I’m located in Helsingborg, Sweden, and provide lectures, workshops and analyses for NGOs, corporations, municipalities, and others. From a young age, I have been an active member in NGOs like the Mälardalen Student Union, the Swedish Organization för Sexuality Education (RFSU), Save the Children, and the Swedish Sports Diving Federation (SSDF, by whom I’m a certified freediving instructor). I sincerely believe that NGOs have a great power to build democracy and make people come together and develop interests and ideas.
From my involvement with NGOs, I picked up interactive workshops as an educational method. I have worked with workshops in many different situations: from teaching unaccompanied minors about news and media, to teaching activists to crochet uteri as part of a campaign to raise money. The interactive nature of workshops provides a good opportunity for learning.
Educating about statistics is also something I love doing. Statistics is a powerful and important tool that gives us information about the world. Those who can manipulate statistics can pretty much control how we view things. For democratic reasons, to be able to make informed choices, we need to have a knowledge of how statistics work and what common manipulations and falacies we should look our for in news, commercials, social media, and other places. I’m constantly developing methods to make statistics easily accessible and interesting.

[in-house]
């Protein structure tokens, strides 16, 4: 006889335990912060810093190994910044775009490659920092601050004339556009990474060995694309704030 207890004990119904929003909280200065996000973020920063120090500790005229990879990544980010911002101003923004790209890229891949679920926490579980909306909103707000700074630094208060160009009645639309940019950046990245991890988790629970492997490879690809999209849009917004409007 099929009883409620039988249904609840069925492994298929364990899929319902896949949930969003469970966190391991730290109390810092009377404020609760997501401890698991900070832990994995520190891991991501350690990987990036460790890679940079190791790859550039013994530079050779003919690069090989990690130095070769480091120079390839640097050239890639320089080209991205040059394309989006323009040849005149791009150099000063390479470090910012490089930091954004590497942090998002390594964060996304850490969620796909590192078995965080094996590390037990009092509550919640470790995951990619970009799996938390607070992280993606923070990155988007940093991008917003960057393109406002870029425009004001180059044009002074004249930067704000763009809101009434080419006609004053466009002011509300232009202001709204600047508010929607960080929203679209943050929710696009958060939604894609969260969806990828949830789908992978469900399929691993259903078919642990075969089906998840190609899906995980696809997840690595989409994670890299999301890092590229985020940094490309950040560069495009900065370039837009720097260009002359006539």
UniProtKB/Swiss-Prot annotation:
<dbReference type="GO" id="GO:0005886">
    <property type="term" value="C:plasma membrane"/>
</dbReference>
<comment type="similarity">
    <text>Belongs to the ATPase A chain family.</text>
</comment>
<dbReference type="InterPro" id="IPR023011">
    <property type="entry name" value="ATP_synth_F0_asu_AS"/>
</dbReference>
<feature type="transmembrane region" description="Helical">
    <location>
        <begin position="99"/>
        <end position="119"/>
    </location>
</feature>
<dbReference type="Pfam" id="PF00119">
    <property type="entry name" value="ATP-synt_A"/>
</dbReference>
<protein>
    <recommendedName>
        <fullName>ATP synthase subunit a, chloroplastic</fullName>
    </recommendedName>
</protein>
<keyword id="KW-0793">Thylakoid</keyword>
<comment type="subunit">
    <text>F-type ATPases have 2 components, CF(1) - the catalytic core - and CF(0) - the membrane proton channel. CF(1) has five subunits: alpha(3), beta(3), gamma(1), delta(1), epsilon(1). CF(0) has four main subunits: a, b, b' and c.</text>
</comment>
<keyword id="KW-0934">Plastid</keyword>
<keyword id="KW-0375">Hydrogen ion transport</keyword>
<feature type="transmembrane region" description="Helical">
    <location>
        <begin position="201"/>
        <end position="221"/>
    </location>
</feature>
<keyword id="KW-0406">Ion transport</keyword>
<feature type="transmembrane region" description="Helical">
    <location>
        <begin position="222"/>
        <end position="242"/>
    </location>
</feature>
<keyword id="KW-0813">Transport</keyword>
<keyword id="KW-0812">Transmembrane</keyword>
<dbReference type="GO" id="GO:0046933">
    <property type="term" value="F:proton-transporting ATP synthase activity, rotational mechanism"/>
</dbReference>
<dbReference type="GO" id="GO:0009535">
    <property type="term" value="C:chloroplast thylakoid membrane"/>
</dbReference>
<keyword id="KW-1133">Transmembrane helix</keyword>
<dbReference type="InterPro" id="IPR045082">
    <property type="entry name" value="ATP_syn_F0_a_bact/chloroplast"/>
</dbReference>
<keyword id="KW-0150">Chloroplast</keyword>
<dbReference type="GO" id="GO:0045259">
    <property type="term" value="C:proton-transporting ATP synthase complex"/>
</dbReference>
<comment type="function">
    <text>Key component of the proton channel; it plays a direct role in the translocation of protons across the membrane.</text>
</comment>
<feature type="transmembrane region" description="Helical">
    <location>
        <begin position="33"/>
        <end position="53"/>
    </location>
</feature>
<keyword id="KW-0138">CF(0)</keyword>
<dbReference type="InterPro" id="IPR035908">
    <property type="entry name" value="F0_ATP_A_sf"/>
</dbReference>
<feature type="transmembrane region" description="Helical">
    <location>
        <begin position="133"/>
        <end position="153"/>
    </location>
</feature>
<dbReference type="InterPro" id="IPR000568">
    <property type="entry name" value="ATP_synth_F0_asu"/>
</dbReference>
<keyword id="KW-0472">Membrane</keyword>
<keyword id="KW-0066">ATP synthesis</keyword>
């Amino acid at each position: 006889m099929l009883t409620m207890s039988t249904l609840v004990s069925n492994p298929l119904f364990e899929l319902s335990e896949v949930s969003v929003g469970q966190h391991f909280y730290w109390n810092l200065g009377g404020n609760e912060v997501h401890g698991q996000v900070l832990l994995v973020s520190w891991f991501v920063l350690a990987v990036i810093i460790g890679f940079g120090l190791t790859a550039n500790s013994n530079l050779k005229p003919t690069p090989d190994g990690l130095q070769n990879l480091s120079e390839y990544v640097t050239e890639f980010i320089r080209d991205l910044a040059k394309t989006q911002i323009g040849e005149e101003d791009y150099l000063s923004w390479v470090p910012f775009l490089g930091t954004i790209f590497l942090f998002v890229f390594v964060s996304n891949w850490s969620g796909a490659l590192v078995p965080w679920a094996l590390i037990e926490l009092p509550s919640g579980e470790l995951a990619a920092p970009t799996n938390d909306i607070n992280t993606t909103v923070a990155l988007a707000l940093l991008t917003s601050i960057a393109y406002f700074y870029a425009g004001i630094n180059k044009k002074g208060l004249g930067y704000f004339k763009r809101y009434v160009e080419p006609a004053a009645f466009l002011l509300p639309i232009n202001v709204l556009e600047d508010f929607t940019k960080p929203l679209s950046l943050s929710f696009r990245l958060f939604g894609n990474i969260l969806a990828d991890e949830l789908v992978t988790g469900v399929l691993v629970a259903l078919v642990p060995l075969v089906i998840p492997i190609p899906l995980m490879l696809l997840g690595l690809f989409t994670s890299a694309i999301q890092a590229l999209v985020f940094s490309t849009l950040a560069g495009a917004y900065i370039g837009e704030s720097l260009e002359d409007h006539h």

I have a Bachelor’s degree from the Behavioral Sciences Program at Mälardalen University, and a Master’s degree in sociology from Lund University. My degree also includes statistics, psychology, education, communication methods, gender studies, evaluation, and qualitative and quantitative methodology.
I’m a board member of Mångfaldsföretagarna: the Swedish organisation for entrepreneurs specialized in diversity and equality.